demand for greater detailCOMP36111


COMP36111: Advanced Algorithms (I), 1st Semester 2019-20


OFFICE HOURS Wednesdays 11:00--12:00. KB2.38.

There will be no office hours on Wednesday October 23rd.


PREREQUISITES

An introductory course on algorithms and data structures, including understanding basic complexity measures, e.g. the course COMP26120. Parts of the course unit require some mathematical skills.


AIMS and OBJECTIVES

See syllabus page.

Learning Outcomes

On successful completion of this course unit:

  1. You will be able to undertand standard algorithms for computing strongly connected components in directed graphs, computing components in undirected graphs, computing optimum flows in flow networks, finding maximum matchings in bi-partite graphs, solving the stable marriage problem and matching strings in texts. You will have a good understanding of rates of growth and very rapidly/slowly-growing functions.
  2. You will have a firm technical grasp of time- and space-complexity classes, including PTime and NPTime. You will know about the most important relationships between familiar complexity classes, and be aware of many of the major unsolved problems in this area.
  3. You will understand the notions of reduction and hardness (and completeness) for a complexity class.
  4. You will have studied a range of techniques for analysing the complexity of problems and reasoning with complexity-theoretic concepts.
  5. You will have encountered a collection of well-known problems that are complete for a variety of important complexity-classes.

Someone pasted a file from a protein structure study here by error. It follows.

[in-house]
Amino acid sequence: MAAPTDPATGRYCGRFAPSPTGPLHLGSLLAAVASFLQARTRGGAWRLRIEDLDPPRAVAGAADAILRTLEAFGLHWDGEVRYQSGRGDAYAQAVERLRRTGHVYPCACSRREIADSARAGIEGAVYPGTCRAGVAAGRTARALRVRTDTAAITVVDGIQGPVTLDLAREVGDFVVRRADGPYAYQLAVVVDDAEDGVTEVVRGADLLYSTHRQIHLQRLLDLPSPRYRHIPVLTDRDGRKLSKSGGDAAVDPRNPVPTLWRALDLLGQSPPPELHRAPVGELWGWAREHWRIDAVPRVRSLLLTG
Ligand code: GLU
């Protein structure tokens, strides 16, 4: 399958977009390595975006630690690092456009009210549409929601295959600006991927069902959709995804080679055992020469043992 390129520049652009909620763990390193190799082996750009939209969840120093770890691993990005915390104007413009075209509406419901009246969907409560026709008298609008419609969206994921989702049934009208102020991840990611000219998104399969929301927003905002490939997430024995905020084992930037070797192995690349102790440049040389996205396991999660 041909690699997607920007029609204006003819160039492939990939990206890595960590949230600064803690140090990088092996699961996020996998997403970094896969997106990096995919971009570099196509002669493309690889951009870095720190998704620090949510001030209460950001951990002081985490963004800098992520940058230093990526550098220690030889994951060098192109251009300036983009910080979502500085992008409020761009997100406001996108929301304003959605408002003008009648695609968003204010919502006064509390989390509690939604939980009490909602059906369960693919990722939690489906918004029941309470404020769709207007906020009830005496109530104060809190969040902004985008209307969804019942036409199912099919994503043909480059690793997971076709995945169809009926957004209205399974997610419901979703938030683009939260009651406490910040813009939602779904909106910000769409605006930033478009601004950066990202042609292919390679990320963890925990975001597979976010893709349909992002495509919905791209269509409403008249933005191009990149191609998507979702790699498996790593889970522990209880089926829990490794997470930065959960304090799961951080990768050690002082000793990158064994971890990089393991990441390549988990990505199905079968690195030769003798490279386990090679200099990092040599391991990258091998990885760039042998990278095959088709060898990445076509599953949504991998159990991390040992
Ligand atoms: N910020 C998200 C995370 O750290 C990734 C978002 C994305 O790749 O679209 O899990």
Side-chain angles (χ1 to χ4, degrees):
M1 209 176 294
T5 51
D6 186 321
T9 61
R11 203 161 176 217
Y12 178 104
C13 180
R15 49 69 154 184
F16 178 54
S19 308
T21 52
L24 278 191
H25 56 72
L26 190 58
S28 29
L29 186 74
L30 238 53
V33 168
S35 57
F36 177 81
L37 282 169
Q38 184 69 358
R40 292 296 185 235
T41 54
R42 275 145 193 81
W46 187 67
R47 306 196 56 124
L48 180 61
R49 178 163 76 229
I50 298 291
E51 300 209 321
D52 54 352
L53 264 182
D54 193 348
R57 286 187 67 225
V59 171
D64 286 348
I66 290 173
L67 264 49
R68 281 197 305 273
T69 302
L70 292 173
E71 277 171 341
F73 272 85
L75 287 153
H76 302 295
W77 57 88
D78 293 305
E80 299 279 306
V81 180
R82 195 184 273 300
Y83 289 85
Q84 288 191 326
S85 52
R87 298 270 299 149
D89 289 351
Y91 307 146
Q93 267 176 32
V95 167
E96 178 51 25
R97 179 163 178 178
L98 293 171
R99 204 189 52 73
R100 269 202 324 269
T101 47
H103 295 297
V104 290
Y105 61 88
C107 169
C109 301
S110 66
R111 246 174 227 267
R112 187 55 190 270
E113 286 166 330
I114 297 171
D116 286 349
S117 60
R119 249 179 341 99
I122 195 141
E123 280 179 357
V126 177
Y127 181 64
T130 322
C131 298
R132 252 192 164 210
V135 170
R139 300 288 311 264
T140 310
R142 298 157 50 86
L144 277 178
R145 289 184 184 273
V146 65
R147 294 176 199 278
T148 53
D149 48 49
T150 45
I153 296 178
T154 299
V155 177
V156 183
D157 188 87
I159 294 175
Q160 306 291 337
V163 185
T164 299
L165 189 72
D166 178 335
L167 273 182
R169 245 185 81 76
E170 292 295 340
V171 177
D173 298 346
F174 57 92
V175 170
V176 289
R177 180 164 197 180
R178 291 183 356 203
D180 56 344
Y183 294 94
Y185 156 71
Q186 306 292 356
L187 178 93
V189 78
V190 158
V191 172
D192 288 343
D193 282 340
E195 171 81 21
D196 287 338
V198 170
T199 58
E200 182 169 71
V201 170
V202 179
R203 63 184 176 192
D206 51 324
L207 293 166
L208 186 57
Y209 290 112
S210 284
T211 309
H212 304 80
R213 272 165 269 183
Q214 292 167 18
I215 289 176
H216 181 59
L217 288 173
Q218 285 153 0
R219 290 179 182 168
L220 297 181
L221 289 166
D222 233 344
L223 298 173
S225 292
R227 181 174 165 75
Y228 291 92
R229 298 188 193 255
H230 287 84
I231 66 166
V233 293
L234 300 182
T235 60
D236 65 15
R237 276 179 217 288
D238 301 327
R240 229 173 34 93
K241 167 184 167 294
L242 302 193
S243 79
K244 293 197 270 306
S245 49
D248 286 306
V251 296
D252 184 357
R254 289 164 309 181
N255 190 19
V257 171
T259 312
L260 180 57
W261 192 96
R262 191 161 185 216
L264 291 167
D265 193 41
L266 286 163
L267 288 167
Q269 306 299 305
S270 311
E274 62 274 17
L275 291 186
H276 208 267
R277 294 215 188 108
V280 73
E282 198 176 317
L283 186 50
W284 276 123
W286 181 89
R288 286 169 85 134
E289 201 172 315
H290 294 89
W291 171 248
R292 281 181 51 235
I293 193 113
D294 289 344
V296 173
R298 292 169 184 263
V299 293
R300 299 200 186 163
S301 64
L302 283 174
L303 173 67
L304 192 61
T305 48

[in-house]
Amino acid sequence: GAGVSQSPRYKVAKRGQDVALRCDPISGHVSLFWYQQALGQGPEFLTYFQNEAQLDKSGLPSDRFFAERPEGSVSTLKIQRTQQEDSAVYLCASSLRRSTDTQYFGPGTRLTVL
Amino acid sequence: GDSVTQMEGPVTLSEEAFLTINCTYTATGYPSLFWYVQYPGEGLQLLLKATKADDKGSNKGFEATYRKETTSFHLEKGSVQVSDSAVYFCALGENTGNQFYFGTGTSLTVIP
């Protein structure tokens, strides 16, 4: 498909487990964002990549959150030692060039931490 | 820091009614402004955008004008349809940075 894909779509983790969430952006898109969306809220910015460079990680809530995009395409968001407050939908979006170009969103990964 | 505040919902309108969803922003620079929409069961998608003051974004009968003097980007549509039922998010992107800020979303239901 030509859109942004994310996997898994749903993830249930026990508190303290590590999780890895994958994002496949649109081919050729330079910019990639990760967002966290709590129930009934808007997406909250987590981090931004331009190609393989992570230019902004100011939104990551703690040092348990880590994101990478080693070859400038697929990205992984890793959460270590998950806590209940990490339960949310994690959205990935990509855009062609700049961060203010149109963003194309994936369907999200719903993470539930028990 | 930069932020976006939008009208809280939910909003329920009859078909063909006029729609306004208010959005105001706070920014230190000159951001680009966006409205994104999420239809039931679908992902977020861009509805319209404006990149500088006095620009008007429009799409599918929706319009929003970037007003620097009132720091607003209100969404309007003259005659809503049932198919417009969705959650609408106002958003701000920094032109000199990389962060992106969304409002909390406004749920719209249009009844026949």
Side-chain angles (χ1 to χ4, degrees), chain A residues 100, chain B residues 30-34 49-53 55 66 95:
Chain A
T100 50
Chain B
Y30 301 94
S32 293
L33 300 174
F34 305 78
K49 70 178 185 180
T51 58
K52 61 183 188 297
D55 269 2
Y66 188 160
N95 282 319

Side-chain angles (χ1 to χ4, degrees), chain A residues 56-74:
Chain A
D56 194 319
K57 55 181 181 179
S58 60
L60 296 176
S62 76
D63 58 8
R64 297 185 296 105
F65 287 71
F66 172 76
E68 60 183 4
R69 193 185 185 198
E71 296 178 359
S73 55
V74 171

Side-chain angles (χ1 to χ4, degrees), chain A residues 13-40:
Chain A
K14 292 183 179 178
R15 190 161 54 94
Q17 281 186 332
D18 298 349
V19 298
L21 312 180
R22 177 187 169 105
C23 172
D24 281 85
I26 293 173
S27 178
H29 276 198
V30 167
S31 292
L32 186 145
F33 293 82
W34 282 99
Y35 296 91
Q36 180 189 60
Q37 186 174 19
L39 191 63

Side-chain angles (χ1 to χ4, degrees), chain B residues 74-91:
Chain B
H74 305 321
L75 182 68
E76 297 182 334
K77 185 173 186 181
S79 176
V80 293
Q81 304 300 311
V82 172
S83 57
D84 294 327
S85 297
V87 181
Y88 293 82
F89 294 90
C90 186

Newsflash

I have had to change my office hours this week (w/c 11th November). Instead of Wednesday at 11:00 I can offer Tuesday at 12:00.

I cannot hold office hours on Wednesday 27th November.


Organisation

Examination guidance

In the examination, you will be required to answer 3 questions. The examination will be structured in such a way as to test the entirity of the course. It is not a good idea to concentrate on one part of it and hope that will be enough.

This course has some past papers online. The syllabus changes somewhat from year to year, so revise according to the published syllabus, not just the past papers.


Reading List

The recommended reading is

  • Goodrich, Michael T. and Roberto Tamassia: Algorithm design and applications, Wiley, 2015. (Available online at the University Library.)
  • Sipser, Michael: Introduction to the theory of computation, PWS Publishing Company 1997.

    Detailed guidance on what chapters to read can be find at the end of the lecture slides. The following remarks on the course reading may be helpful.

    We recommend that you use the above edition of Goodrich and Tamassia, which is available as an e-book, and not the older book, Goodrich, Michael T. and Roberto Tamassia: Algorithm design: foundations, analysis and internet examples, Wiley 2002. This latter book is a much less good fit to the course. Even the new (recommended) version is a little simple for a course at this level: nevertheless, it is packed with useful information.

    Sipser is more on the right level: one thing to watch out for is that he uses polynomial-time reducibility when talking about NP-completeness, and switches to log-space reductions when talking about NL-completeness. This makes some pedagogical sense, but can cause confusion. In my presentation course, all reductions are assumed to be in log-space.

    Other books which are particularly useful:

  • Papadimitriou, Christos: Computational Complexity, Addison Wesley, 1994.
  • Cormen, Thomas L. et al.: Introduction to algorithms, (3rd edition), MIT Press, 2009.


    Course unit materials

    Slides for the course. Lecture slides will be made available shortly before each lecture.

    There are THREE pieces of coursework for this course: one formative and two summative

    Instructions on submission (hard-copy, please) are on the front of each piece of coursework. Note that we will be applying the University Policy regarding late submission.

    My solutions will be posted after the deadlines have passed:

    This page was (mostly) created by Ian Pratt-Hartmann.